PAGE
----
A Massive, Smelly, Blob of Seaweed Is Drifting Towards Texas Beaches
If your summer travel plans include a trip to the Texas Gulf Coast for a little beach action, you may want to keep your eyes on reports of seaweed.
Have you heard about the Great Atlantic Sargassum Belt? It's basically a very long, very twisted mass of seaweed. And it's headed towards Texas according to the Dallas Morning News.
According to reports, the 5,000 mile long belt of seaweed (that's a giant belt) could start making landfall on Texas beaches this summer at the peak of tourism for the Texas Gulf Coast. The good news is that it won't last long once it hits the beach. The bad news? You won't want to be anywhere near it when it does wash up. According to the Dallas Morning News, once the blob of seaweed washes ashore it could blanket beaches with thick algae that is pungent.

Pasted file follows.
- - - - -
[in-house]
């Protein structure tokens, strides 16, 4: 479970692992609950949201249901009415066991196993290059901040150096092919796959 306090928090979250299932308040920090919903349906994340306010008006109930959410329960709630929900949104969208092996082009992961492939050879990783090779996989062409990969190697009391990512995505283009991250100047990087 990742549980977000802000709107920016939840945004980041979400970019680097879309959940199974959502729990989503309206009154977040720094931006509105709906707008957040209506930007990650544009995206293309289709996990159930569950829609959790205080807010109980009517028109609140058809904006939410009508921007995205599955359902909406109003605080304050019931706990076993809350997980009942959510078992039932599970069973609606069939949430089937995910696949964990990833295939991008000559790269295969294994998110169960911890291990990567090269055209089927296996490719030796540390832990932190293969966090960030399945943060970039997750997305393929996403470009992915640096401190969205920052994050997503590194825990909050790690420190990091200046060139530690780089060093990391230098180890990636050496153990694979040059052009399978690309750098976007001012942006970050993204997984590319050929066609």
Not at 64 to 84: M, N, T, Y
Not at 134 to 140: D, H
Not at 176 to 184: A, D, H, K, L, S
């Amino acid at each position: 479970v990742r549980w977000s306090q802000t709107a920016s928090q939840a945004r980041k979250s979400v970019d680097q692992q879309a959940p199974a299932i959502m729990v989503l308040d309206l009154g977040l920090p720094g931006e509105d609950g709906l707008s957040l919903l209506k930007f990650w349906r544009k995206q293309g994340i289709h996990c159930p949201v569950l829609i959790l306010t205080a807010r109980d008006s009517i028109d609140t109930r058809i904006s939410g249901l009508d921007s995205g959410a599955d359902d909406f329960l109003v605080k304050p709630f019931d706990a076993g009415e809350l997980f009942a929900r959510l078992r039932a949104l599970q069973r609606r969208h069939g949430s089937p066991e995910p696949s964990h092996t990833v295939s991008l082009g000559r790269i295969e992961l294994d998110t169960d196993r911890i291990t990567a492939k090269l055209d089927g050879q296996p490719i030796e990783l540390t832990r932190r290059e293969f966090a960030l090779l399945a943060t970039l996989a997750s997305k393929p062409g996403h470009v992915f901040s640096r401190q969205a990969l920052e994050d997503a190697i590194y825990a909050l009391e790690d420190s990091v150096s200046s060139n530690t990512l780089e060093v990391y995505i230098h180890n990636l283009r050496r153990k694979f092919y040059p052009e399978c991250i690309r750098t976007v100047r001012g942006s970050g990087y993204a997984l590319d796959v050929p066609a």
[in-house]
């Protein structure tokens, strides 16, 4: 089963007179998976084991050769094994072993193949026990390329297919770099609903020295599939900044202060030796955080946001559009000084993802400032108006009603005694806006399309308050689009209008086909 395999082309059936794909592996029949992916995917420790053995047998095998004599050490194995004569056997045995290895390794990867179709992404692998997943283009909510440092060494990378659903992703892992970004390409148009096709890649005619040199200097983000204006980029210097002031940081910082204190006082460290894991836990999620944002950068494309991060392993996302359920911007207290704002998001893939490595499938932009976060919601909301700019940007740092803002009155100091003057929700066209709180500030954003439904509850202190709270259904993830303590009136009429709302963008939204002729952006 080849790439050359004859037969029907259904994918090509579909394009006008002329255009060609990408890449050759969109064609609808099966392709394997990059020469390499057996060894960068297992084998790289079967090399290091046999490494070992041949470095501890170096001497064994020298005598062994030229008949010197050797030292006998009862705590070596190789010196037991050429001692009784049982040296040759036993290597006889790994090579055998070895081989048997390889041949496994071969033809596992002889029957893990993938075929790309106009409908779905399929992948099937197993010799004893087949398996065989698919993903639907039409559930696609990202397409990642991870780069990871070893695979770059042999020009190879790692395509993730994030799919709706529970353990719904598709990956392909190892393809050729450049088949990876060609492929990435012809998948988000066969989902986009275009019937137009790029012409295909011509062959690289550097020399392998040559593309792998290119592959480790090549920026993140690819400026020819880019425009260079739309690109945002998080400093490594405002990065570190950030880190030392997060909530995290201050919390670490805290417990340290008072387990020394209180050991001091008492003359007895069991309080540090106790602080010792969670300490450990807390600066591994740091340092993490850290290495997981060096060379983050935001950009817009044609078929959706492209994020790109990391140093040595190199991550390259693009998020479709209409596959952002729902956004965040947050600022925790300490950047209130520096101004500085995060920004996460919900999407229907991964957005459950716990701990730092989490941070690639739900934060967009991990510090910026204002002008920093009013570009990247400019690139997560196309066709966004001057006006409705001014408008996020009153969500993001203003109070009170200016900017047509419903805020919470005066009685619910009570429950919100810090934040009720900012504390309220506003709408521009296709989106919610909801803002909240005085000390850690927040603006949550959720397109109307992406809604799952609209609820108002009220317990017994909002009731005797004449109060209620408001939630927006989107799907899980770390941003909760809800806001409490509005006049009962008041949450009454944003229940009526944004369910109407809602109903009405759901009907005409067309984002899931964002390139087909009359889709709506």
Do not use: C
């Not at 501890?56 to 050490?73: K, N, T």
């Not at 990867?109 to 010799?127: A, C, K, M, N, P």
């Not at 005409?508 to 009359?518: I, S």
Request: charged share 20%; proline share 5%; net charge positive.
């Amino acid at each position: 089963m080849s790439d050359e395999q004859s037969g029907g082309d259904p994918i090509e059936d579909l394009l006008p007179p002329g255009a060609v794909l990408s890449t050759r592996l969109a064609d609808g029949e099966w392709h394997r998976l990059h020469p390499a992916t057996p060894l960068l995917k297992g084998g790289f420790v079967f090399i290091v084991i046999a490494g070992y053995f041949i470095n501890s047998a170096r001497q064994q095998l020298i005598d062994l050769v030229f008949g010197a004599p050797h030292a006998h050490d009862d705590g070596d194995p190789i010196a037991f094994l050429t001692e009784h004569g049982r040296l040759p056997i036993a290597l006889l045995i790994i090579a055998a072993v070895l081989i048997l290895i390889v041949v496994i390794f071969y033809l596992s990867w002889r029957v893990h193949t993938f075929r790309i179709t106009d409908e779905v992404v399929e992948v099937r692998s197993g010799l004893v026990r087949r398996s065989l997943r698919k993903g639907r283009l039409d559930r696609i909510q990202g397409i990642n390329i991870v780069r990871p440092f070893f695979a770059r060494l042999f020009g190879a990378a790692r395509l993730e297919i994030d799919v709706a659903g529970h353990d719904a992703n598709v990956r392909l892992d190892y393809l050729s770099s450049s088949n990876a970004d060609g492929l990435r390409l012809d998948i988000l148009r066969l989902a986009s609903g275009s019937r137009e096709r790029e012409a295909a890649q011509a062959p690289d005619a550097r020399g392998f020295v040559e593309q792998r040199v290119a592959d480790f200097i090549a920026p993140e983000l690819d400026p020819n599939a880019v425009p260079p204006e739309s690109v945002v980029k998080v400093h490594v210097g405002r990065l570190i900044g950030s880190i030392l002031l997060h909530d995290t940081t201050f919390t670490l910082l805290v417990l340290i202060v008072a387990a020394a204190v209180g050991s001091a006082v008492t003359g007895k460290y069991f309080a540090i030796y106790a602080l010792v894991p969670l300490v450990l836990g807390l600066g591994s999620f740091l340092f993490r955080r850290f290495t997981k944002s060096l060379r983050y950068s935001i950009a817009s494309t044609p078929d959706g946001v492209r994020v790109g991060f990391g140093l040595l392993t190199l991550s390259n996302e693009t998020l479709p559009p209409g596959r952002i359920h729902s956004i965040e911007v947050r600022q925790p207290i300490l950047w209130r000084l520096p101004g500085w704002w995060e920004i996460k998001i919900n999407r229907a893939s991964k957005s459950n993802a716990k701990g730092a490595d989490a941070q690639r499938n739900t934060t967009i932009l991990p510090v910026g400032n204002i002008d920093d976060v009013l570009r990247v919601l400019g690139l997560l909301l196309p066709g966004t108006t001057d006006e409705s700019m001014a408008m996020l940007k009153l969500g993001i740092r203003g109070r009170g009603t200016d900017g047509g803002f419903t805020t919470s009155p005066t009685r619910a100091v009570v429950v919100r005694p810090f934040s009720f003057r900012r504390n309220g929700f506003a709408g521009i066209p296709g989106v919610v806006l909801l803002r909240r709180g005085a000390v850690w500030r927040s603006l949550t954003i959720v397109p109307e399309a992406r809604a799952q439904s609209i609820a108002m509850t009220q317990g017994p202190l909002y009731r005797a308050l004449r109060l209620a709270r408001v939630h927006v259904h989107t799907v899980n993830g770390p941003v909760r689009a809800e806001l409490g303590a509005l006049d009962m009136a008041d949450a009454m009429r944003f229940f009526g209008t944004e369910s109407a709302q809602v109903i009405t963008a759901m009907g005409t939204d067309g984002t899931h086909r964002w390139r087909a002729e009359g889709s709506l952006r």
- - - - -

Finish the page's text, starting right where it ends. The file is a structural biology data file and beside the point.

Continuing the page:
Once it washes ashore, sargassum is likely to cause trouble, blanketing beaches in a thick yellow-brown algae that emits a pungent smell as it decays. Beach towns are preparing for the deluge as officials provide guidance on seaweed removal.
“It’s a nuisance,” said Anna Armitage, a marine biology professor at Texas A&M University at Galveston. “Beachgoers won’t like it, but it’s only a temporary nuisance.”
Pieces of the seaweed have already begun to wash onto shores in Florida and Mexico, and authorities earlier this year reported excessive levels of seaweed on beaches near Cancun. An estimated 200 tons of sargassum washed up on beaches along the Yucatán Peninsula this year.
Reports say that most of the seaweed is headed for Florida and Mexico but some will reach Texas and there will be some who are upset about it.
The best plan? Actually plan for it. There are groups on Facebook tracking the seaweed blob and you can always contact hotels to see how the beaches are.